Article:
The Sheraton Burlington Hotel and Conference Center will be a sea of red on Wednesday, Feb. 16, as nearly 500 women ‘ and some men ‘ will gather for the fifth annual Go Red for Women Luncheon.‘This is going to be a powerful and life-affirming day,’ said Melinda Moulton, CEO of Main Street Landing and volunteer co-chair of the luncheon.‘We are honored that so many people have worked to put this together, and that so many women are telling us they can’t wait to attend,’ said Mary Powell, CEO of Green Mountain Power and volunteer co-chair of the event. ‘We asked this question at last year’s luncheon, and are still seeking the answer,’ Moulton said. There are two Heart-to-Heart Workshops scheduled from 11 to 11:30 a.m. One is limited to 25 people, with Michelle Hooper from the AHA teaching CPR. Peter Spector, M.D., electrophysiologist with the University of Vermont Medical Group at Fletcher Allen, will present the other workshop, titled ‘Marching without the Beat of a Drummer: The Heart’s Electricity and Atrial Fibrillation.’ At 9:45 a.m., Moulton will moderate a panel discussion entitled ‘Is Work/Life Balance Possible?’ Registration for the Go Red for Women Luncheon begins at 8 a.m. At 9 a.m., Shyla Nelson of The Good Earth Singers will lead the attendees in a session of chanting. The Go Red for Women Luncheon is set for Wednesday, Feb. 16, from 8 a.m. to 2 p.m. at the Sheraton Hotel and Conference Center in Burlington. Tickets are $50 each. For information or to purchase tickets, call 802.288.8307, email Joy.Blandford@heart.org(link sends e-mail) or visit heart.org/vermontgoredluncheon. Lauren Maloney of FOX44 and Tara Madison of Star 92.9 are the emcees of the luncheon. Macy’s and Merck are the national sponsors of Go Red for Women. Presenting sponsor of the Go Red for Women Luncheon is Fletcher Allen Health Care. A Picture and A Promise sponsor is NorthCountry Federal Credit Union. Main Street Landing is a local sponsor. Media sponsors are FOX44, Star 92.9 and the Burlington Free Press.About Go Red For WomenGo Red For Women is part of the American Heart Association’s solution to help save women’s lives. With one out of three women still dying from heart disease, we are committed to fighting this No. 1 killer, which is largely preventable. GoRedForWomen.org, a premiere source of information and education, connects millions of women of all ages and gives them tangible resources to turn personal choices into lifesaving actions. We encourage women and the men who love them to embrace the cause. For more information, please visit GoRedForWomen.org or call 1-888-MY-HEART (1-888-694-3278). The movement is nationally sponsored by Macy’s and Merck & Co., Inc.# At noon, the luncheon program begins, hosted by Lauren Maloney of FOX44 and Tara Madison of Star 92.9. Melinda Estes, M.D., president and CEO of Fletcher Allen Health Care, is the keynote speaker. Shelburne resident Michelle Johnston, who suffered sudden cardiac death on Oct. 27, 2009, at the age of 38, will share her story. Jenni Johnson and the Junketeers will wrap up the day with music guaranteed to get everyone up and dancing.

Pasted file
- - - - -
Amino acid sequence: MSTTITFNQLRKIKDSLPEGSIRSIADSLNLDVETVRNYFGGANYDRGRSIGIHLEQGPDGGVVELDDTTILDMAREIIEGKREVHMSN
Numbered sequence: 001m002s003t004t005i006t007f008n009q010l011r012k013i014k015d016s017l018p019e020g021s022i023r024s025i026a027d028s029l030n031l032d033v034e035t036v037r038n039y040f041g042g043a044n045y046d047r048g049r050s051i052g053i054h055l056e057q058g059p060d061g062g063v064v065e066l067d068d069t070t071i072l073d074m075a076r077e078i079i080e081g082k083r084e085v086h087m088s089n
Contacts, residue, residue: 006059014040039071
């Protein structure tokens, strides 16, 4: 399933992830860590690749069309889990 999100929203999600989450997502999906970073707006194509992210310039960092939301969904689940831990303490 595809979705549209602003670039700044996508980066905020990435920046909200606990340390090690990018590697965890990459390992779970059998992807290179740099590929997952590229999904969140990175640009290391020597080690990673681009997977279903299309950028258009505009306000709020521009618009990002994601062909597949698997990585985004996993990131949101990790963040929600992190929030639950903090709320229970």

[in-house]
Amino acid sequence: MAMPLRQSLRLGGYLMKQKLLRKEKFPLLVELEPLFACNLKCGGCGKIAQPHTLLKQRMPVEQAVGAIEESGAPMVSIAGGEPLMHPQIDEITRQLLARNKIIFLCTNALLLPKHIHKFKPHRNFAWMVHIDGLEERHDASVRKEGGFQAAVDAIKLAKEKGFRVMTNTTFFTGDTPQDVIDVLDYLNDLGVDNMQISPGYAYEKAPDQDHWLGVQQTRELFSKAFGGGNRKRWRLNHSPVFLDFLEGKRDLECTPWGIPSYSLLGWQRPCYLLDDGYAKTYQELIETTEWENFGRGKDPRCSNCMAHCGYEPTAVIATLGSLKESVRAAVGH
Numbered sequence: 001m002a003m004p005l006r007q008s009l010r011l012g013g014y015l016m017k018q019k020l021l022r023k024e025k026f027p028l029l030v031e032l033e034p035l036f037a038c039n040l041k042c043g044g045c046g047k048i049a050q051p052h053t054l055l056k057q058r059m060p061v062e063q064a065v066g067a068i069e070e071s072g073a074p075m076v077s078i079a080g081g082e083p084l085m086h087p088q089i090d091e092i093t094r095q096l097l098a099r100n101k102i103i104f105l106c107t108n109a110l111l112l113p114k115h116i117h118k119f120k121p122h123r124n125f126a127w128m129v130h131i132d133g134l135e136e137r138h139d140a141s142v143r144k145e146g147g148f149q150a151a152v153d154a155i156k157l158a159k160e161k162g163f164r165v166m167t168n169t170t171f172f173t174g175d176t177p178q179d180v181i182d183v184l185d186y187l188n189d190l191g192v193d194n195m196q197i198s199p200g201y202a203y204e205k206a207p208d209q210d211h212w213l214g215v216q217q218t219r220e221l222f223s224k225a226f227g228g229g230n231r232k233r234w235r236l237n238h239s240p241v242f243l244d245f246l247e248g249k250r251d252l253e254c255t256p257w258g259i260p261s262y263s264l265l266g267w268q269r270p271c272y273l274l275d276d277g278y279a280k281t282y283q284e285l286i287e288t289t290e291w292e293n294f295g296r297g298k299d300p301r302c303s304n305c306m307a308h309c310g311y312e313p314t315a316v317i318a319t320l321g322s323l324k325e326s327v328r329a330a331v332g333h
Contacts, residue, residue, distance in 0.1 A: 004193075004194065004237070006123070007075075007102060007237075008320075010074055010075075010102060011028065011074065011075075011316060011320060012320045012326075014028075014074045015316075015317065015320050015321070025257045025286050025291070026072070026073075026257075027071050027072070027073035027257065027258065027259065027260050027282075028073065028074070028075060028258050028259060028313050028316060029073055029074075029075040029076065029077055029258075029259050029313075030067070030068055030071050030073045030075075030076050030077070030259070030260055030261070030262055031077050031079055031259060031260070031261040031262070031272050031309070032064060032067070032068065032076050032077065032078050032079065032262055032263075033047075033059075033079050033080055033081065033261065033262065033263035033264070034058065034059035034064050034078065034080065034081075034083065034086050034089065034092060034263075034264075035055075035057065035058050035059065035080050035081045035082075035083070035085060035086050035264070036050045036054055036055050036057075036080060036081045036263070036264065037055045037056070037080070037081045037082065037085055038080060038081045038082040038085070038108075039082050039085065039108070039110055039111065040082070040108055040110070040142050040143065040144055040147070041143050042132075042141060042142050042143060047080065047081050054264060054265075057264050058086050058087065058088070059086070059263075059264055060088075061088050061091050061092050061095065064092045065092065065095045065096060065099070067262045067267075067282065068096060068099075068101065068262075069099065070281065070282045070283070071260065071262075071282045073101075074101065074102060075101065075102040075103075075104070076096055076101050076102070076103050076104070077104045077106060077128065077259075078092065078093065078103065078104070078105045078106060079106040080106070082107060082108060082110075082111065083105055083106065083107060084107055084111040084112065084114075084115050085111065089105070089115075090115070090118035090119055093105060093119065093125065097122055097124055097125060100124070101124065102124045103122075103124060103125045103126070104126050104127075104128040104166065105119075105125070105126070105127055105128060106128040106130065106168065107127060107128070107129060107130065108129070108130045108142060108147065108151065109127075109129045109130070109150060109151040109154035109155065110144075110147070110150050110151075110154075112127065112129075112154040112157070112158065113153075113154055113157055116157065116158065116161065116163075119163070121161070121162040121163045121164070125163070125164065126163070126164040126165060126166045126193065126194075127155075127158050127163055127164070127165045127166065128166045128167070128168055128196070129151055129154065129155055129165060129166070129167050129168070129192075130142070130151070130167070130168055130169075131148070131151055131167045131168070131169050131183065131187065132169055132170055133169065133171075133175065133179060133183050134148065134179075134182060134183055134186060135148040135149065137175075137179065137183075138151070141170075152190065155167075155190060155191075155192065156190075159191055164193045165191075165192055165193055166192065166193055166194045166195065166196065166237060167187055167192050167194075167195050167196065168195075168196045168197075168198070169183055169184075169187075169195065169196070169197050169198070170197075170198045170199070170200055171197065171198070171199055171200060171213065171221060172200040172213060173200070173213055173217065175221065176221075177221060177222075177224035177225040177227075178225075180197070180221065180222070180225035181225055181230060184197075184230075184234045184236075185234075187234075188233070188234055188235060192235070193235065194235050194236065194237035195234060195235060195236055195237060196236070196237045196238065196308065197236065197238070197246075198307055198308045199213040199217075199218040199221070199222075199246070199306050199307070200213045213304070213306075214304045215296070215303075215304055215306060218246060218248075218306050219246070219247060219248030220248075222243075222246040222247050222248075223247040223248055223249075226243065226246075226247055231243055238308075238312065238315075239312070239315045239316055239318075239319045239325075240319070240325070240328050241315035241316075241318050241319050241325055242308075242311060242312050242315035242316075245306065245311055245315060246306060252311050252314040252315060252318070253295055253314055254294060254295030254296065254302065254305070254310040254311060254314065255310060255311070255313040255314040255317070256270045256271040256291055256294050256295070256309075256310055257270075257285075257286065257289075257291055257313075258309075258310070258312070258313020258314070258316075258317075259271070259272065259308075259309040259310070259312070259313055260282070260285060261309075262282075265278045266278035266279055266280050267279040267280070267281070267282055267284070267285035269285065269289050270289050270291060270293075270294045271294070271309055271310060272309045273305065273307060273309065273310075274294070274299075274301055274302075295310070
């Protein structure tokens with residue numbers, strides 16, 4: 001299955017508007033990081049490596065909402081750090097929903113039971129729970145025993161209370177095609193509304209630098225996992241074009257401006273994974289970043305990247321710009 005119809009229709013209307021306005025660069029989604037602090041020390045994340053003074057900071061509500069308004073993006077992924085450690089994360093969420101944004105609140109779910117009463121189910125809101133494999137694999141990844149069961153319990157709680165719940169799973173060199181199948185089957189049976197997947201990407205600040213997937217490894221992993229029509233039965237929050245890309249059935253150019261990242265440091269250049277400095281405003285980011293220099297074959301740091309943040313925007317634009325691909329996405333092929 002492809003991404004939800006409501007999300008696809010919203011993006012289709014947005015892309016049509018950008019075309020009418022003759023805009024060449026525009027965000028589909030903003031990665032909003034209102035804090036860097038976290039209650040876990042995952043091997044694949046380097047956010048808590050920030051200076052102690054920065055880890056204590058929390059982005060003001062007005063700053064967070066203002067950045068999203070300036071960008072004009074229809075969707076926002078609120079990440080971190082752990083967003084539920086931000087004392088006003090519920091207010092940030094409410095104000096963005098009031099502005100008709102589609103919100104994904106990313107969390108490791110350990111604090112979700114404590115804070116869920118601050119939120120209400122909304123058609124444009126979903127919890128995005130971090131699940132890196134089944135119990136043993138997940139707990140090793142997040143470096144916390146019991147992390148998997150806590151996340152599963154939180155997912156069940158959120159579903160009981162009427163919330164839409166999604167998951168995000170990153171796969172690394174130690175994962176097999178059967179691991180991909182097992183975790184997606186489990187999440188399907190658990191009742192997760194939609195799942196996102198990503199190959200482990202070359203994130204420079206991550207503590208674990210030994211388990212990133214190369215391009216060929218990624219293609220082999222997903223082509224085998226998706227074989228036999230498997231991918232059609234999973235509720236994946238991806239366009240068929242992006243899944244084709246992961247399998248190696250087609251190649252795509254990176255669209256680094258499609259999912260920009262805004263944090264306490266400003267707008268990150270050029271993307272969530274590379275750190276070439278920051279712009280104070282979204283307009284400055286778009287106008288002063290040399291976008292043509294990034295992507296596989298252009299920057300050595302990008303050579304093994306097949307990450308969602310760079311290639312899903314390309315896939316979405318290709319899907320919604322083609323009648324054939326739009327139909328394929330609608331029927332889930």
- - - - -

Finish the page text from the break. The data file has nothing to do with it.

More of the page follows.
Al Davis, member of the Pro Football Hall of Fame, owner of the Oakland Raiders and a 1950 graduate of Syracuse University, died Saturday. He was 82. The Raiders said he died at his home in Oakland, Calif. The cause of death was not immediately disclosed. Before Davis made his legacy in helping shape pro football as the outspoken owner of the Raiders, he played junior varsity football, basketball and baseball at SU while pursuing an English degree. Throughout the years, Davis was a quiet supporter of Syracuse football. He donated money for new locker facilities for SU athletes, according to a 1992 article in The Post-Standard. ‘We have lost a Syracuse legend and pioneer with the passing of Al Davis. We are all deeply saddened,’ SU Athletics Director Daryl Gross said in a statement. ‘His impact on the NFL is unmatched and was obvious. His standard for excellence has been copied by many. We will miss his communication with us and his love for Syracuse. We will memorialize his legacy, as he will never be forgotten in the Syracuse community.’ Davis’ passion for football was evident at Syracuse when he went to varsity practices and spent every Saturday at the top of Hendricks Hill watching the team play in Archbold Stadium. Davis took notes on each play the Orangemen ran and then compared them to head coach Ben Schwartzwalder’s after the game.AdvertisementThis is placeholder text It served as an introduction to coaching in football for Davis, who would go on to coach at a variety of college programs and professional franchises before finally landing in Oakland as the head coach and general manager of the Raiders in 1963. In 48 years as a coach, general manager and owner of the Raiders, Davis led the franchise to 28 winnings seasons and three Super Bowls in the 1970s and 1980s. He built the Raiders into a winner, stressing his famous mottos ‘Commitment to Excellence’ and ‘Just win, baby!’ ‘The Oakland Raiders are deeply saddened by the passing of Al Davis,’ the team said in a statement Saturday. ‘Al Davis was unique — a maverick, a giant among giants, a true legend among legends, the brightest star among stars, a hero, a mentor, a friend.’ In addition to leading the Raiders to success, Davis served as the commissioner of the American Football League in 1966 and played a key role in the NFL-AFL merger. He aggressively pursued NFL players to jump to the AFL, which helped the leagues combine in 1970 to form the modern-day NFL. ‘Al Davis’s passion for football and his influence on the game were extraordinary. He defined the Raiders and contributed to pro football at every level,’ NFL Commissioner Roger Goodell said in a statement. ‘The respect he commanded was evident in the way that people listened carefully every time he spoke. He is a true legend of the game whose impact and legacy will forever be part of the NFL.’ After graduating from SU, Davis landed his first coaching job as the offensive line coach at Adelphi College in 1950. Davis would later work as an assistant coach for the Baltimore Colts and as the offensive line coach at The Citadel for two seasons and at Southern California for three seasons. In 1960, Davis returned to professional football, this time as offensive end coach for the Los Angeles Chargers, a new AFL franchise. After three seasons with the Chargers, Davis became the youngest head coach and general manager in professional football when the Raiders hired him at age 33. It was the start of a legendary career as the leader of the Raiders that culminated in Davis’ induction into the Pro Football Hall of Fame in 1992. Though Davis will be largely known as the face of the Raiders, he will be remembered as a classmate and friend by those who attended SU with him. Gordon Hensley, a 1951 SU graduate who played football, was good friends with Davis during their college years. Hensley knew Davis before his rise to fame as a fearless owner, and he saw a different side of him. ‘As tough as he seemed on the outside, which I think was on purpose, he was just a very nice individual on the inside, very charitable and very caring,’ Hensley said Sunday. ‘So I think that was Al as far as I’m concerned.’ email@example.com Published on October 9, 2011 at 12:00 pm Contact Ryne: firstname.lastname@example.org Comments Facebook Twitter Google+